WordPress does support one other language by default though: you can convert smilies to emoji. Marvellous.

    I really want to like Gutenberg, I type everything new now using it and I’m quite used to it… but until it can accurately render the language *of* Gutenberg, using it is frequently an exercise in frustration.

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    • Miguel Fonseca
      · Reply

      Hello. Could you expand on your experience? I ask because this is deeply unexpected and I would like to see how I can help.

      Gutenberg does support multilingual character input, to the extent of the Unicode set, and has done so from the start. The majority of Gutenberg’s active contributors have a mothertongue that isn’t English, and regularly compose posts using anything from accented Latin scripts (Portuguese, Spanish, French, Polish, etc.) to non-Latin scripts (Arabic, Chinese, Japanese, etc.).

      Could I ask you to provide the following information? You may reply here, or file an issue (https://github.com/WordPress/gutenberg/issues), or message me directly in the WordPress Slack (https://make.wordpress.org/chat/), where my username is mcsf.

      – Exact version of WordPress
      – Exact version of the Gutenberg plugin, if any
      – Browser and operating system versions
      – Type of physical keyboard and configured layout
      – Exact instructions on reproducing the issue
      – (strongly recommended) A screencast in which you reproduce the issue. In case you are unfamiliar with this process, there are many tools and guides. See: https://www.wikihow.com/Create-a-Screencast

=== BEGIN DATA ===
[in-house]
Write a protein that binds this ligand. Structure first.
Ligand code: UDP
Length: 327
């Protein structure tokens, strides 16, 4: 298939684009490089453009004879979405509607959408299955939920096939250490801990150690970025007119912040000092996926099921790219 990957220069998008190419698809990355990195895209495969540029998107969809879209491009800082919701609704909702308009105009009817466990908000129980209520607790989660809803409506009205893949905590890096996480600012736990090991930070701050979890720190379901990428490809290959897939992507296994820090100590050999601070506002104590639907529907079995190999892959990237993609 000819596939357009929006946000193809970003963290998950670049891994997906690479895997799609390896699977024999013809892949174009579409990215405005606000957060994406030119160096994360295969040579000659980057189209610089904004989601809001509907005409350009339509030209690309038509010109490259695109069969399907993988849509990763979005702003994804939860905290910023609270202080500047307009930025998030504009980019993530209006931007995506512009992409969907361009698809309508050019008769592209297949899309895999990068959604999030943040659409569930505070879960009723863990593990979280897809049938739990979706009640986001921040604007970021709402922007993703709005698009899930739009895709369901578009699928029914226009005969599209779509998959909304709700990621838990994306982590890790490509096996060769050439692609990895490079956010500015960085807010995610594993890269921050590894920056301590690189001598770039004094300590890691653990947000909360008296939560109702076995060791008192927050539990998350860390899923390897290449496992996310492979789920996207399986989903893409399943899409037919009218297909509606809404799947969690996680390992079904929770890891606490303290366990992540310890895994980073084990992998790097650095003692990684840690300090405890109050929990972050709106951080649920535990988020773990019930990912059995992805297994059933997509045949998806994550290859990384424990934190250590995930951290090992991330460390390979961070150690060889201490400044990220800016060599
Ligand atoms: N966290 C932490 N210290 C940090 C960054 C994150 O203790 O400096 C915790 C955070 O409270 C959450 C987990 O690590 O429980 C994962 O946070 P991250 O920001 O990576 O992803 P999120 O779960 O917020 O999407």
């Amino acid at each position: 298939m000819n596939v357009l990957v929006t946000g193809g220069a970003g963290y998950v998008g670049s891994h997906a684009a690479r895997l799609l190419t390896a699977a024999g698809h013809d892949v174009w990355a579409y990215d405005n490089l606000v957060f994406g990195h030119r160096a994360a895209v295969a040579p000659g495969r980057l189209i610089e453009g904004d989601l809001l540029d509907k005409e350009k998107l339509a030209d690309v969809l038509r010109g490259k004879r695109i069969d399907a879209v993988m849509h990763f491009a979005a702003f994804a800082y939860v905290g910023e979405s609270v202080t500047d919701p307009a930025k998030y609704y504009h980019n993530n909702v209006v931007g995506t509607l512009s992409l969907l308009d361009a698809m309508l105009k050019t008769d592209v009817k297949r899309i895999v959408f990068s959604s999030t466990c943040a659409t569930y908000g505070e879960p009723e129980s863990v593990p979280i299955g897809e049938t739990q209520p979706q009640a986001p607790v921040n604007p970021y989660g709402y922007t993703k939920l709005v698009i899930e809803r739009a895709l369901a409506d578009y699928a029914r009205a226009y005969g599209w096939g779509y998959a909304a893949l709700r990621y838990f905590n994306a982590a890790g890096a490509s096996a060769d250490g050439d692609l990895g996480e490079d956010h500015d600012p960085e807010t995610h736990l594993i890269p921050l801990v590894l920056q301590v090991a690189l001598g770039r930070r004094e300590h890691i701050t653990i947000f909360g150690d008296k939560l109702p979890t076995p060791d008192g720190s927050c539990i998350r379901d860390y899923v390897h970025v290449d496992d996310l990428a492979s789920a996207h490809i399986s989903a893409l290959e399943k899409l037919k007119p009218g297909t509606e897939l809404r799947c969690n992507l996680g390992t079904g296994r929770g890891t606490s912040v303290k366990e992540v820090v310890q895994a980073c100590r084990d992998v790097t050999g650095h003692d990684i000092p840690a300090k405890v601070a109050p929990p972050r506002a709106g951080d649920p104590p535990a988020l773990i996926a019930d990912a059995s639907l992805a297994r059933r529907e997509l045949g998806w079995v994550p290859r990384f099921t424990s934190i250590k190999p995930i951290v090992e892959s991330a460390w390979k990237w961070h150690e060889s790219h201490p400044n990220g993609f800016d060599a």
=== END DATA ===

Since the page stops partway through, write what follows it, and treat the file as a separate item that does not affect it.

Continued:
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    • Kavya
      · Reply

      What browser and OS combination are you using?

      On GNOME based Linux systems, I can hold Compose, press ~ and then n, to type “ñ” of Buñuel in the paragraph block, as well as in the Image caption, and it saves and renders properly. In Mac OS, you can probably press Option + n to do this. Windows has a character map to copy it from.

      Providing ways to type characters is not the editor’s responsibility, it’s the responsibility of your operating system’s input method to provide this, and most mainstream ones do.

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      • Miguel Fonseca

        Providing ways to type characters is not the editor’s responsibility, it’s the responsibility of your operating system’s input method to provide this, and most mainstream ones do.

        It occurred to me that perhaps Gary Taylor was alluding to the Character Map option offered in the classic editor. If so, Gary, then there are a few plugins that provide that exact functionality — I have personally tested and enjoyed the following:

        https://wordpress.org/plugins/insert-special-characters/

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      • Gary Taylor

        @Miguel – yes, that was it. I’ll look at that plugin, but…

        @Kavya – while I take your point (and it’s the way WordPress is going, plugins for everything), it’s a reduction in functionality from what we had before.

        “If you’re an occasional users of accented characters, where would you look for them?” is the question I would ask here. I don’t know the Windows 10 keystrokes. I know there’s a Character Map accessory somewhere, but most of the people I know wouldn’t know about it (although they use PCs daily).